SACRAMENTO, California — Gov. Jerry Brown signed a spending plan Wednesday that uses California's growing surplus to fund new initiatives aimed at providing relief to the poor.
The new budget beginning next month will establish an earned income tax credit for working-poor families, boost the number of state-subsidized child care slots and expand state-funded health care coverage to children from low-income families who are in the country illegally.
The state also will adopt an amnesty program for residents who can't afford to pay off spiraling court fines and traffic penalties that have resulted in 4.8 million driver's license suspensions since 2006.
Brown announced the signing with a brief message on Twitter. The governor included a photo of himself with his fellow Democratic leaders, Assembly Speaker Toni Atkins of San Diego and Senate President Pro Tem Kevin de Leon of Los Angeles.
A subsequent news release from his office called it "a balanced, on-time budget that saves billions of dollars and pays down debt, while directing more resources to schools and low-income Californians."
Lawmakers passed a compromise $115.4 billion budget last week to meet Brown's demands for fiscal restraint by agreeing to use a lower projection for state revenues. Legislative leaders also got to fund their priority social programs to help those who have missed out on the state's economic recovery.
Atkins, in a statement, called the result "a prudent and progressive budget that will make California a better place to live, work and play."
The new budget, which totals $167.6 billion when adding in special and bond funds, allocates billions more for schools — from kindergarten through community college — and channels additional money to schools with high levels of poor children and English-language learners. Public colleges and universities are also getting more support in exchange for undergraduate tuition freezes.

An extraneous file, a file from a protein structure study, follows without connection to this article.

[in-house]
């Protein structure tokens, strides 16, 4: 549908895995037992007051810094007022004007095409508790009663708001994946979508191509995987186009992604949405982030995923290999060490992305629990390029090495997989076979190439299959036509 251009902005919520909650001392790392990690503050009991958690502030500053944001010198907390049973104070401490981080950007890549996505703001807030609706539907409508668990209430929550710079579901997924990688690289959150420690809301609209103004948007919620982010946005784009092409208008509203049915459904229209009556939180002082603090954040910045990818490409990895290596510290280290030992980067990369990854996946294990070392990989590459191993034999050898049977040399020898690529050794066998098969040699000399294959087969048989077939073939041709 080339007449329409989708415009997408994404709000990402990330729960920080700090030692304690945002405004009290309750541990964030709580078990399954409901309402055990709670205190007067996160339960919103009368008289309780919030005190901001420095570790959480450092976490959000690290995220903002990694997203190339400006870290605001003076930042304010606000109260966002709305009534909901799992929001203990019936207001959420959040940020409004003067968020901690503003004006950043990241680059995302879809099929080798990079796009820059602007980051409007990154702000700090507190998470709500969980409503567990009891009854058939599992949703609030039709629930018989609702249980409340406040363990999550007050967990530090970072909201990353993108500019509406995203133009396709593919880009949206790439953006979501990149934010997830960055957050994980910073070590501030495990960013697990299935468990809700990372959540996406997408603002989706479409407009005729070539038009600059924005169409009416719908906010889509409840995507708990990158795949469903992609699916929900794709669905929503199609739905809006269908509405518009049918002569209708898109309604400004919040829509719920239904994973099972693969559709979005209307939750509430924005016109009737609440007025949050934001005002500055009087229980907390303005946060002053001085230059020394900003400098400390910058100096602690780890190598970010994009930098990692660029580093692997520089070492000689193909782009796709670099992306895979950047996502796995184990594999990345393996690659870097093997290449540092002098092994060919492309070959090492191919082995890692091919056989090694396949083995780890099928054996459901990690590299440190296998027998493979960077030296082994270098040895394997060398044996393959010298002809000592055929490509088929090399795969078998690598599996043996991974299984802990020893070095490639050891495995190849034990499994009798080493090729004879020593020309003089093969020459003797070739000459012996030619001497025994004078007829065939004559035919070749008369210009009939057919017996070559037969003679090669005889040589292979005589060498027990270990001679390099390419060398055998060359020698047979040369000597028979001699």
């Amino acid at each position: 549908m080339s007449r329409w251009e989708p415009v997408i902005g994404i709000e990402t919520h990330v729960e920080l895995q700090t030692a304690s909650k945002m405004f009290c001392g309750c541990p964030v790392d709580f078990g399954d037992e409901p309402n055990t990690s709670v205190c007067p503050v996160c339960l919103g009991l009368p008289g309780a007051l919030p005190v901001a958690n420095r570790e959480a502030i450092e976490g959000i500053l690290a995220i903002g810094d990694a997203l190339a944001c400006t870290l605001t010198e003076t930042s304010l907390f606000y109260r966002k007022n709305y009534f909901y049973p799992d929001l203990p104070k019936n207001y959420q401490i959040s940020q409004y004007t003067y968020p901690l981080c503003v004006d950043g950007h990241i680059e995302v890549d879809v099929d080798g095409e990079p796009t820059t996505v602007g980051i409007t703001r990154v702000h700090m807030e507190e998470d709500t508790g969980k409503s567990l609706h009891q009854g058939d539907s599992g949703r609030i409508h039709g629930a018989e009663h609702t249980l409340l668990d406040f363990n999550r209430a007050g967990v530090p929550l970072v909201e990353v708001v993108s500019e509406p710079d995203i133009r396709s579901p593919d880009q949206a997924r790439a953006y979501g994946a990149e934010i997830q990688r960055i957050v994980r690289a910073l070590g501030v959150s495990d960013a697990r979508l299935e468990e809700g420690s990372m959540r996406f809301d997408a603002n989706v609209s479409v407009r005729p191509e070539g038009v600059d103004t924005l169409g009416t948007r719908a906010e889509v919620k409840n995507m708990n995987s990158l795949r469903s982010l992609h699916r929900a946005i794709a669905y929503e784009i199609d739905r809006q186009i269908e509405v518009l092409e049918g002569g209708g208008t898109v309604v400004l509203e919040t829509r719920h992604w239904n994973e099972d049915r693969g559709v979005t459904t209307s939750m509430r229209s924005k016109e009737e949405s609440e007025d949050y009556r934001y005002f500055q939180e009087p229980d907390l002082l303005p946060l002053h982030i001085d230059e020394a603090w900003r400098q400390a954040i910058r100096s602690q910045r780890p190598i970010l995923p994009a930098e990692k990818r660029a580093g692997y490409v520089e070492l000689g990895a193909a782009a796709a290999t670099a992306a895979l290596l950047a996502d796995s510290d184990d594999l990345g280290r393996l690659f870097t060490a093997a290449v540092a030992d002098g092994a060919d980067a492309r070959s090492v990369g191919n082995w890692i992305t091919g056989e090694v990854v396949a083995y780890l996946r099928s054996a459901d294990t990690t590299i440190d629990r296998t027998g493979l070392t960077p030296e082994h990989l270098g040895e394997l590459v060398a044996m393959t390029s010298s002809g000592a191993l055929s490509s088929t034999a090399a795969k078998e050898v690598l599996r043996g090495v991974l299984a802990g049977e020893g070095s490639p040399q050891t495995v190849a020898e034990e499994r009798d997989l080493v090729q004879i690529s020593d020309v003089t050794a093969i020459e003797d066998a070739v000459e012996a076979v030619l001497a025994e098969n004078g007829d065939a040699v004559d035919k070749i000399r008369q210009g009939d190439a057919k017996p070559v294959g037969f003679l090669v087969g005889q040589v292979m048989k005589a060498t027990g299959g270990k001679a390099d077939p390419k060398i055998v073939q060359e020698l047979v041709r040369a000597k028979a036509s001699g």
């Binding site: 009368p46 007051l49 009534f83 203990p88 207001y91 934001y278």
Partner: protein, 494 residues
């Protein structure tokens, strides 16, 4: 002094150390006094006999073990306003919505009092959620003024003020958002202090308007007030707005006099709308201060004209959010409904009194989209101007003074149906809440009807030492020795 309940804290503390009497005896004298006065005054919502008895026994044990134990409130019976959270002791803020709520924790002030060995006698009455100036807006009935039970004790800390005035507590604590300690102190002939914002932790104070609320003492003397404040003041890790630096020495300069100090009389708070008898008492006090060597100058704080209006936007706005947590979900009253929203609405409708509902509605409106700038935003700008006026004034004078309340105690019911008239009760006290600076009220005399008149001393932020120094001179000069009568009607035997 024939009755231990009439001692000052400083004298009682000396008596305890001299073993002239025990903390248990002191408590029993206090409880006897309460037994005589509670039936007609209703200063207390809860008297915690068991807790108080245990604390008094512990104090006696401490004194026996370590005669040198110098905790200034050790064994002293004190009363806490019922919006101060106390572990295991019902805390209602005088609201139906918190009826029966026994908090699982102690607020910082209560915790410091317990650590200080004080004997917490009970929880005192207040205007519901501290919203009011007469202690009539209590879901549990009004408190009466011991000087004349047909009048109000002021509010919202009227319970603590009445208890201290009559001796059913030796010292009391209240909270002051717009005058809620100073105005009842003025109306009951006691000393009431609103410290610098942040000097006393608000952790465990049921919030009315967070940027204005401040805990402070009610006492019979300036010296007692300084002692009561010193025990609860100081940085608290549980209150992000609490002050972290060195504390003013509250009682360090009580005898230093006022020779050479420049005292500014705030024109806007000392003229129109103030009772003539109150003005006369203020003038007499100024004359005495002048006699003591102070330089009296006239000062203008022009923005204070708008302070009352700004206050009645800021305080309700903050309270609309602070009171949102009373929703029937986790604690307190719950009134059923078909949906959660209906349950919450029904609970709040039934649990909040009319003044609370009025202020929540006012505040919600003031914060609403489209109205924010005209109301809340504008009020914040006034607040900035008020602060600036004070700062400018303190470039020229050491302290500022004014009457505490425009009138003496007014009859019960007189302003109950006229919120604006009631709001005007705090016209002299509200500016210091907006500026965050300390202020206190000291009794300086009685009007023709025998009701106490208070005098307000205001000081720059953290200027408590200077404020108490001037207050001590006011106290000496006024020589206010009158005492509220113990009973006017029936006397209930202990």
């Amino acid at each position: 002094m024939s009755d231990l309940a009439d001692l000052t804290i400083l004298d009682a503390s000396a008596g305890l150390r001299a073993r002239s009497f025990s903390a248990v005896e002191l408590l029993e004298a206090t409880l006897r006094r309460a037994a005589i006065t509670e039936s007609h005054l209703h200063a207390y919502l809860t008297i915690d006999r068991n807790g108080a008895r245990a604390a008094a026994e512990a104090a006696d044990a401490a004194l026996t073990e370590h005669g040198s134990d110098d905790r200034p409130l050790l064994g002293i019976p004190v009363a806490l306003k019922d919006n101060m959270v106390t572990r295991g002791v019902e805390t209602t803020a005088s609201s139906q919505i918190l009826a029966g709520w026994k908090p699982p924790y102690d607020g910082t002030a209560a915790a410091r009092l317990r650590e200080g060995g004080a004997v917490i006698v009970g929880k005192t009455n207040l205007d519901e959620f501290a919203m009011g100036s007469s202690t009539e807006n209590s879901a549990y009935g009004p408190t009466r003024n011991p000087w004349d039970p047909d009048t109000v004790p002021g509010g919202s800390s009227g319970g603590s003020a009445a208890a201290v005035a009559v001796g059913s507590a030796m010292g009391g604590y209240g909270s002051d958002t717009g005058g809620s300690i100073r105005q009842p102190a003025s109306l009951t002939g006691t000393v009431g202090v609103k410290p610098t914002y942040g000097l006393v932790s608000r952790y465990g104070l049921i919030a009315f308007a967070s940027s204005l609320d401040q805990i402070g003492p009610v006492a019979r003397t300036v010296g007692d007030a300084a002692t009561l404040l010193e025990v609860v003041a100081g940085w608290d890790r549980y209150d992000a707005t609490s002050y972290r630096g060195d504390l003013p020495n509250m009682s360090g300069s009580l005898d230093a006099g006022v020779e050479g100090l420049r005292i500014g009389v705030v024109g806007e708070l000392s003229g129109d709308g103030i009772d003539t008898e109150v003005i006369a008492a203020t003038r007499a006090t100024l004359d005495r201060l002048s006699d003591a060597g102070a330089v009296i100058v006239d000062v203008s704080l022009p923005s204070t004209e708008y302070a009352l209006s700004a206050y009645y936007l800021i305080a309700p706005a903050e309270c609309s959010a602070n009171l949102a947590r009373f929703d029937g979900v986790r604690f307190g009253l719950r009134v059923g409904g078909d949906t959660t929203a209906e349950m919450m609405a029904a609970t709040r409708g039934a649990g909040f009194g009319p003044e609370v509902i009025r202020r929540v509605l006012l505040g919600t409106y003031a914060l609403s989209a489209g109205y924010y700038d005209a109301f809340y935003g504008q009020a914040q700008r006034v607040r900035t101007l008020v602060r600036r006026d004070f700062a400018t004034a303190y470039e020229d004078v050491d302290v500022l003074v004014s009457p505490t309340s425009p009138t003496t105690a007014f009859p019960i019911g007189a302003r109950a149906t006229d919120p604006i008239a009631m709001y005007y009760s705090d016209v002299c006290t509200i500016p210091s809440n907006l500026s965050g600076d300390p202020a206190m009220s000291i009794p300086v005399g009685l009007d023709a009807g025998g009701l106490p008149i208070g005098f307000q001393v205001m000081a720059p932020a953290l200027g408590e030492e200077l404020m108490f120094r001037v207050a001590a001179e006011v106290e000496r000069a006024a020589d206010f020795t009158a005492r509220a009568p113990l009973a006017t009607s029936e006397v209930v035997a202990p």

Republicans had a mixed reaction. While they liked using Brown's lower overall budget figure and setting aside more money for the rainy day fund, GOP members worry the state is still carrying too much debt, particularly for public employee pensions and their retirement health benefits.
"I remain concerned that the record high spending levels will not be sustainable in the near future, and I disagree with some of the priorities in this budget plan," Senate Minority Leader Bob Huff, R-San Dimas, said.
Although the budget is complete, the governor and lawmakers still have financial decisions to make.
The Legislature has convened two special sessions to address how California pays for roads, highways and other infrastructure, as well as financial fixes to Medi-Cal, the state's health care program for the poor, which covers more than 12 million Californians, or nearly one-third of the state population.
The governor and legislative leaders also were unable to reach agreement on how to spend a growing pot of money collected from the state's landmark effort to curb greenhouse gas emissions. Cap-and-trade funding was taken out of the budget to give them more time to negotiate a way to spend that money.
In signing the budget, Brown sparingly used his veto authority to trim $1.3 million in spending, mostly to reduce funding for the restoration of Clear Lake in Lake County. Brown said there are existing grants available to support the project.
He also rejected a provision to pay the cities of Sacramento and West Sacramento $15 million to take ownership of Tower Bridge, a yellow vertical lift bridge that leads to the state Capitol.
Brown said he supports the state relinquishing the bridge but believes it should be negotiated with the state transportation department.